This Saturday, Macy would be turning four years old. Every year we celebrate her birthday. We take off work and school, we place flowers and balloons at the cemetery, we go somewhere special with her sisters, and, of course, we sing to her before digging into birthday cake. It’s a lovely tradition, and though it may sound bittersweet, it’s usually more sweet and happy than any kind of bitter.

January is usually a sad month for me, leading up to her celebration. This year, surprisingly, I haven’t felt that overwhelming weight of grief that I have in previous years. I miss her, yes, and every day I wish she was here with us, but the grief, the grief has morphed into something I can’t quite define.

In the first two weeks after Macy died, I saw a yellow butterfly fluttering around her section of the cemetery. She is buried near my grandparents and in the twenty plus years I have been going there, I had never, ever seen a butterfly. Granted it’s been a long time since I had been there regularly—most of my previous trips had been with my Lola (grandma) to visit Lolo, and after she died, I rarely returned. However, on that bright February day, the yellow butterfly flew over around Macy’s site, then circled around us, only to return and land on one of her flowers. A sure sign.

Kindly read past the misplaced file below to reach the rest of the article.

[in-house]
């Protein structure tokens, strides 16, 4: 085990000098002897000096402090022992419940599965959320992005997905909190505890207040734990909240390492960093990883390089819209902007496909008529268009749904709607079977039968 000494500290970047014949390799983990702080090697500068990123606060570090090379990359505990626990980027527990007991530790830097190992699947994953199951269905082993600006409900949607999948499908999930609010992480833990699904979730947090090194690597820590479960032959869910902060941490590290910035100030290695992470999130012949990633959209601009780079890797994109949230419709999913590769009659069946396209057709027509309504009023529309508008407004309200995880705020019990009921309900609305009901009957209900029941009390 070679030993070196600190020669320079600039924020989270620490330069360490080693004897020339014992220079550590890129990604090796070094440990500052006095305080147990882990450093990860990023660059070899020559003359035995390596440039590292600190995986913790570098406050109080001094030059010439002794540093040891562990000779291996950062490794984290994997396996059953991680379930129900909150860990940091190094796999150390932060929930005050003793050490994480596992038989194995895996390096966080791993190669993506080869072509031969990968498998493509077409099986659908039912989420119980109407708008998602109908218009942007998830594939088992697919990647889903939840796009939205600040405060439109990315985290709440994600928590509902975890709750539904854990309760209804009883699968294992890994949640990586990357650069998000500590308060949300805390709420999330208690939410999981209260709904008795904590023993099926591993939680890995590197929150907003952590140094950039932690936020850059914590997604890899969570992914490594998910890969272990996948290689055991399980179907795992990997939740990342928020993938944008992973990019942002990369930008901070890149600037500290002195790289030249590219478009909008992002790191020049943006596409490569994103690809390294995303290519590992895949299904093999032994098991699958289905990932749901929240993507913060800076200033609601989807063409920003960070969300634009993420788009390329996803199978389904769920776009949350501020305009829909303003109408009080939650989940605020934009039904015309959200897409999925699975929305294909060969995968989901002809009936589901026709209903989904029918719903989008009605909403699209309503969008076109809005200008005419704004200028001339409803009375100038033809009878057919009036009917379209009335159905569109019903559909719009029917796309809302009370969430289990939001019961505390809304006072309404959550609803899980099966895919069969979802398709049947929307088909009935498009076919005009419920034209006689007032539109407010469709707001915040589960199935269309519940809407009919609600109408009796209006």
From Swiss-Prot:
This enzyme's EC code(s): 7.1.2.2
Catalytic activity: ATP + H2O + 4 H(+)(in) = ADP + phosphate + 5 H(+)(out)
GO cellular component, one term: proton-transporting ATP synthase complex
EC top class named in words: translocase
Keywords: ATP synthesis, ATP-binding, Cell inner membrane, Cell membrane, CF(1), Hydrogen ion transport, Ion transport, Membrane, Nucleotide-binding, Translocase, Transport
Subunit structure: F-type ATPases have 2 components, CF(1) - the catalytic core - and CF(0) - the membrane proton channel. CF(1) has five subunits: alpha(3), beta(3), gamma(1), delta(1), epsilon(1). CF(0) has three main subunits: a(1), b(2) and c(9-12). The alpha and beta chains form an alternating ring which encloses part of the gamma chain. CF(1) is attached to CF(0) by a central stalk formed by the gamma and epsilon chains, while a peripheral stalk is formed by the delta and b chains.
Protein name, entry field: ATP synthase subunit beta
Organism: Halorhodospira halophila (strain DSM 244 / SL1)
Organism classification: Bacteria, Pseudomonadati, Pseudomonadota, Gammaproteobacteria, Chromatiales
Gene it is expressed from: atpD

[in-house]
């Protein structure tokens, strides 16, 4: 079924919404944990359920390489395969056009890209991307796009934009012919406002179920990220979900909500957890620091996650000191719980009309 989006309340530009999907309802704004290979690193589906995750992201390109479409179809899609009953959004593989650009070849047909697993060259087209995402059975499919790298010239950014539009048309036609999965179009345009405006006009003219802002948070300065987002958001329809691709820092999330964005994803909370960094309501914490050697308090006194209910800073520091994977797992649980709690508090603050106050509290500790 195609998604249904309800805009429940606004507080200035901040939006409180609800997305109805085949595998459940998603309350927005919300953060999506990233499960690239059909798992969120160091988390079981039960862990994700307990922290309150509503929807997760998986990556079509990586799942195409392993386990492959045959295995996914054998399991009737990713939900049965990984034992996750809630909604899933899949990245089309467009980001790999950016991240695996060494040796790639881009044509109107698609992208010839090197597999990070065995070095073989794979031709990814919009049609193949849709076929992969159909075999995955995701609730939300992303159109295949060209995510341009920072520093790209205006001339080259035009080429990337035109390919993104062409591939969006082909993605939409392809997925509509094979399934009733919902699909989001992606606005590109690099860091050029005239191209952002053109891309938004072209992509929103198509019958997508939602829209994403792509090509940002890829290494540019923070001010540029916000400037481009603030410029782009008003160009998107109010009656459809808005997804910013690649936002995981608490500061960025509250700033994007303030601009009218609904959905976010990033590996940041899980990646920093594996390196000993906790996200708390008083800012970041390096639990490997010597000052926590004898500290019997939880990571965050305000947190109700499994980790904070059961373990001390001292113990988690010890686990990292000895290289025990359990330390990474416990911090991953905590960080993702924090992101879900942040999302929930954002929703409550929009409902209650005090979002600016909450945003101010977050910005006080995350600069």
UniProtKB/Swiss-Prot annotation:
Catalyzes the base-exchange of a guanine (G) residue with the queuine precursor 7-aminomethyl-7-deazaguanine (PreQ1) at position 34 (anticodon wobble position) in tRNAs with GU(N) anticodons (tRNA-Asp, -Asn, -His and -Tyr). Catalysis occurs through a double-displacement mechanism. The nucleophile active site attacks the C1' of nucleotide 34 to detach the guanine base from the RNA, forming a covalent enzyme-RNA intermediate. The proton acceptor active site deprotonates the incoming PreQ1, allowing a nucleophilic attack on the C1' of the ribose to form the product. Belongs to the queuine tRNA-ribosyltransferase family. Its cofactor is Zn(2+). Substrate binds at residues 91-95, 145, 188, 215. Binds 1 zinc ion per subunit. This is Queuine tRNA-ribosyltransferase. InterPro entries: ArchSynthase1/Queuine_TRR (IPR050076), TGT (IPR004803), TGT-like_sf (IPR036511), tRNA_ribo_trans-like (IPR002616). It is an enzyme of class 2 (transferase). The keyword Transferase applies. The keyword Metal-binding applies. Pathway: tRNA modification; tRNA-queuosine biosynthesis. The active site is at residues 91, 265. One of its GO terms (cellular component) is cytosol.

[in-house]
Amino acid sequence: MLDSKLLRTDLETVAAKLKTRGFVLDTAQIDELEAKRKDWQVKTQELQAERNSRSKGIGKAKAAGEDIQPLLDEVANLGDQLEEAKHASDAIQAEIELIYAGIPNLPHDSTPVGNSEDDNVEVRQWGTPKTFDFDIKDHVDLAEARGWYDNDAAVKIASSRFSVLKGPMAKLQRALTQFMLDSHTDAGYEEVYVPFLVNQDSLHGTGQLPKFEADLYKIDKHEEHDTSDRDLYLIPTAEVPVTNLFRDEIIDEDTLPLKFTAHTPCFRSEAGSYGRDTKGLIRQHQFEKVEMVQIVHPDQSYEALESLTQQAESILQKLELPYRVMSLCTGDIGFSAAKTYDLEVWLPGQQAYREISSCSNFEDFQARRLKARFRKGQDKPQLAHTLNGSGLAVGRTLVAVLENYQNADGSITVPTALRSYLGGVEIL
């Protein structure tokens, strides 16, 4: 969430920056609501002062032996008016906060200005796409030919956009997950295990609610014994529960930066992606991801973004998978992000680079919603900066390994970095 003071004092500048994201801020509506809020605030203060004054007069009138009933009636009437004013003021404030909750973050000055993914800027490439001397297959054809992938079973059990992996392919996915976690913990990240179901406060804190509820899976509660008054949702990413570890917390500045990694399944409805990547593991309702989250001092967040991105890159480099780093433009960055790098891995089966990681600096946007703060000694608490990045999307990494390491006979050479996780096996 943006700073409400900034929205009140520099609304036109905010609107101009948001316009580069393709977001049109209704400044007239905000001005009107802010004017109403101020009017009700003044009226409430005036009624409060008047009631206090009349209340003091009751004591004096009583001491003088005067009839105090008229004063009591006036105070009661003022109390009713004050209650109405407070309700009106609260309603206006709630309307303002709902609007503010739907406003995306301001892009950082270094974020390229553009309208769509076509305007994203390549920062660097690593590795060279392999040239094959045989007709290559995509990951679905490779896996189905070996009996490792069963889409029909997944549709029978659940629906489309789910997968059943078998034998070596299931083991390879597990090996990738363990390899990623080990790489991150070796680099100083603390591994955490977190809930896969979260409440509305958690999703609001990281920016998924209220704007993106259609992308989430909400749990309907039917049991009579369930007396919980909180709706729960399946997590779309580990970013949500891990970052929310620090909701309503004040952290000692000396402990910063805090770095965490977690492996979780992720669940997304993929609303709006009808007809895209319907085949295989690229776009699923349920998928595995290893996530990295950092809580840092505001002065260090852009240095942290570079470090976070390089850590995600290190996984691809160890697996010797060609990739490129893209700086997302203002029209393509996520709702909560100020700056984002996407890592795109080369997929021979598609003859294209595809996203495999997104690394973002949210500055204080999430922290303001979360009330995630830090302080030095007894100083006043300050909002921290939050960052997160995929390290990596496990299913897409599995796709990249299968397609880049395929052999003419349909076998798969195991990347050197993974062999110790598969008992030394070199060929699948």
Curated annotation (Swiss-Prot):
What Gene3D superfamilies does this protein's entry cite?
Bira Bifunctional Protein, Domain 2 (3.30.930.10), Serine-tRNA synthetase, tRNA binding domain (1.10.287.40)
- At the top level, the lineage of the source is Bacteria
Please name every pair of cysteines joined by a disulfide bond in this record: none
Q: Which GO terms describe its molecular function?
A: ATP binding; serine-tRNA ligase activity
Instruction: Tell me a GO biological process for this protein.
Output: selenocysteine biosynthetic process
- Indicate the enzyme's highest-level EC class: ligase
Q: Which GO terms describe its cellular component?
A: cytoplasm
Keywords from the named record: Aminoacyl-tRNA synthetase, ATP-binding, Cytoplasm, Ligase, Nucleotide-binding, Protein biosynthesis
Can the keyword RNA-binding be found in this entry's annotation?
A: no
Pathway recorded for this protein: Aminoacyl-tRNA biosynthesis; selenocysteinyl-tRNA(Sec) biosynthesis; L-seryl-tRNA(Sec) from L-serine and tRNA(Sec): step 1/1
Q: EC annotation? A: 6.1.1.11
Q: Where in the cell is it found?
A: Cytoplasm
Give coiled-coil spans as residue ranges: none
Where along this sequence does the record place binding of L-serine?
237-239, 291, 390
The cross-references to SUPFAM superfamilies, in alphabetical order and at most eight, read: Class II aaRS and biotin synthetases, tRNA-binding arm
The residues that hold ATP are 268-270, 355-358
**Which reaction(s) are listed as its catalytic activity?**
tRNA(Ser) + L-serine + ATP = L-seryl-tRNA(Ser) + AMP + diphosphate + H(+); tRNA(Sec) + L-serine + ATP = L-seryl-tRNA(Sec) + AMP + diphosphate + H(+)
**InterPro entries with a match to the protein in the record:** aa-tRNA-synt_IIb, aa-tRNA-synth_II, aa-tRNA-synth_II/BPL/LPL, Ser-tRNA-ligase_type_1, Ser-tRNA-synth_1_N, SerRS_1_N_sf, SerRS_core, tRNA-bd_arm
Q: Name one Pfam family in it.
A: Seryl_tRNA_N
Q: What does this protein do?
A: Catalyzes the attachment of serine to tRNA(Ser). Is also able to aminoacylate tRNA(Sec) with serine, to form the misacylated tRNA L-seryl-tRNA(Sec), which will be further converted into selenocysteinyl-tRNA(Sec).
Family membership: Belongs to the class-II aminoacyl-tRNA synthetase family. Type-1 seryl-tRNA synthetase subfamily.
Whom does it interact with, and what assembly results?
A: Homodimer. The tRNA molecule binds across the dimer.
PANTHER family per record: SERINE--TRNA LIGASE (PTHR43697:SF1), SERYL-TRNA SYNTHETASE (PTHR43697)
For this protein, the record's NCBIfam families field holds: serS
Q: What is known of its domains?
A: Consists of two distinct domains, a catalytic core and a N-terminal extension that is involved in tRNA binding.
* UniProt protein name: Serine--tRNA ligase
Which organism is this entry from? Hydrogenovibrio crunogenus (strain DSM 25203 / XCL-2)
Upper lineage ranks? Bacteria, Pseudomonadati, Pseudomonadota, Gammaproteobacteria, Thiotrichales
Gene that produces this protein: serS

Babies who pass away are often thought of as butterflies or angels by their parents. When I was still pregnant with Macy, I thought about how I would remember her. I plan one day to have a small butterfly tattooed in her honor, but haven’t found the right design (or courage) yet. I’ve seen some beautiful body art honoring loved ones, and I hope one day that I’ll be able to carry that slightly more tangible piece of Macy with me.

How do you remember your little one? Please share with us here or in our Memorial Gallery.


Melanie Tioleco-Cheng | JANUARY 23, 2013